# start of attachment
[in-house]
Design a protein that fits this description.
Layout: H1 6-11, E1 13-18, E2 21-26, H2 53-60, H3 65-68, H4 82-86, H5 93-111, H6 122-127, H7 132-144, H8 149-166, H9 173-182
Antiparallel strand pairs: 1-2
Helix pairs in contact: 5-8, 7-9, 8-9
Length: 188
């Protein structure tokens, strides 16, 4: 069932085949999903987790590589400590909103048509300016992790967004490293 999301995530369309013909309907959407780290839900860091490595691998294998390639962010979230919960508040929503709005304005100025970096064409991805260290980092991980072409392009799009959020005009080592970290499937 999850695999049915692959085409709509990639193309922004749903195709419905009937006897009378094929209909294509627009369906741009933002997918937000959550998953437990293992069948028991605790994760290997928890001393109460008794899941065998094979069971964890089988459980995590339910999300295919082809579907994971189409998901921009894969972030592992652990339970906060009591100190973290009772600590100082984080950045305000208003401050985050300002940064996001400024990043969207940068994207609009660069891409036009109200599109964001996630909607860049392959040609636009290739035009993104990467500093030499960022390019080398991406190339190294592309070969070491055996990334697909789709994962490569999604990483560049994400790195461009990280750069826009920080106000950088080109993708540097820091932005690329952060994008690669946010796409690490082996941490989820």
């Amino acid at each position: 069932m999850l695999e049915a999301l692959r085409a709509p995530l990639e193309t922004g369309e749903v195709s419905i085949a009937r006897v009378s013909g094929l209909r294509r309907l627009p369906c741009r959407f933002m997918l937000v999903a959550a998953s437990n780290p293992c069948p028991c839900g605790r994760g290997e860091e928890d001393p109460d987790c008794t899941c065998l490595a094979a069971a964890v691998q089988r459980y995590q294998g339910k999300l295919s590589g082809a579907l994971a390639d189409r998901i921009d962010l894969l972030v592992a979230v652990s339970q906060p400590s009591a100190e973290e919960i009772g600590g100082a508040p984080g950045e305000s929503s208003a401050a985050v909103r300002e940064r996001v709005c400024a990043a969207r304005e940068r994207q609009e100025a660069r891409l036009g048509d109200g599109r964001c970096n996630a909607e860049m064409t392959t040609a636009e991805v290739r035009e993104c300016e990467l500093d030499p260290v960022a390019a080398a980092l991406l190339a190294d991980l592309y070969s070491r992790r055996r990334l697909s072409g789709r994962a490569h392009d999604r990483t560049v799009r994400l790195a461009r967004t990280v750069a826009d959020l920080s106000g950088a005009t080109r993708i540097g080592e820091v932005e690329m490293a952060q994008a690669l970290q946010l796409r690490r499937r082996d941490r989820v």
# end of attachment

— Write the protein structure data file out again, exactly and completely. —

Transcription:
[in-house]
Design a protein that fits this description.
Layout: H1 6-11, E1 13-18, E2 21-26, H2 53-60, H3 65-68, H4 82-86, H5 93-111, H6 122-127, H7 132-144, H8 149-166, H9 173-182
Antiparallel strand pairs: 1-2
Helix pairs in contact: 5-8, 7-9, 8-9
Length: 188
């Protein structure tokens, strides 16, 4: 069932085949999903987790590589400590909103048509300016992790967004490293 999301995530369309013909309907959407780290839900860091490595691998294998390639962010979230919960508040929503709005304005100025970096064409991805260290980092991980072409392009799009959020005009080592970290499937 999850695999049915692959085409709509990639193309922004749903195709419905009937006897009378094929209909294509627009369906741009933002997918937000959550998953437990293992069948028991605790994760290997928890001393109460008794899941065998094979069971964890089988459980995590339910999300295919082809579907994971189409998901921009894969972030592992652990339970906060009591100190973290009772600590100082984080950045305000208003401050985050300002940064996001400024990043969207940068994207609009660069891409036009109200599109964001996630909607860049392959040609636009290739035009993104990467500093030499960022390019080398991406190339190294592309070969070491055996990334697909789709994962490569999604990483560049994400790195461009990280750069826009920080106000950088080109993708540097820091932005690329952060994008690669946010796409690490082996941490989820």
């Amino acid at each position: 069932m999850l695999e049915a999301l692959r085409a709509p995530l990639e193309t922004g369309e749903v195709s419905i085949a009937r006897v009378s013909g094929l209909r294509r309907l627009p369906c741009r959407f933002m997918l937000v999903a959550a998953s437990n780290p293992c069948p028991c839900g605790r994760g290997e860091e928890d001393p109460d987790c008794t899941c065998l490595a094979a069971a964890v691998q089988r459980y995590q294998g339910k999300l295919s590589g082809a579907l994971a390639d189409r998901i921009d962010l894969l972030v592992a979230v652990s339970q906060p400590s009591a100190e973290e919960i009772g600590g100082a508040p984080g950045e305000s929503s208003a401050a985050v909103r300002e940064r996001v709005c400024a990043a969207r304005e940068r994207q609009e100025a660069r891409l036009g048509d109200g599109r964001c970096n996630a909607e860049m064409t392959t040609a636009e991805v290739r035009e993104c300016e990467l500093d030499p260290v960022a390019a080398a980092l991406l190339a190294d991980l592309y070969s070491r992790r055996r990334l697909s072409g789709r994962a490569h392009d999604r990483t560049v799009r994400l790195a461009r967004t990280v750069a826009d959020l920080s106000g950088a005009t080109r993708i540097g080592e820091v932005e690329m490293a952060q994008a690669l970290q946010l796409r690490r499937r082996d941490r989820v």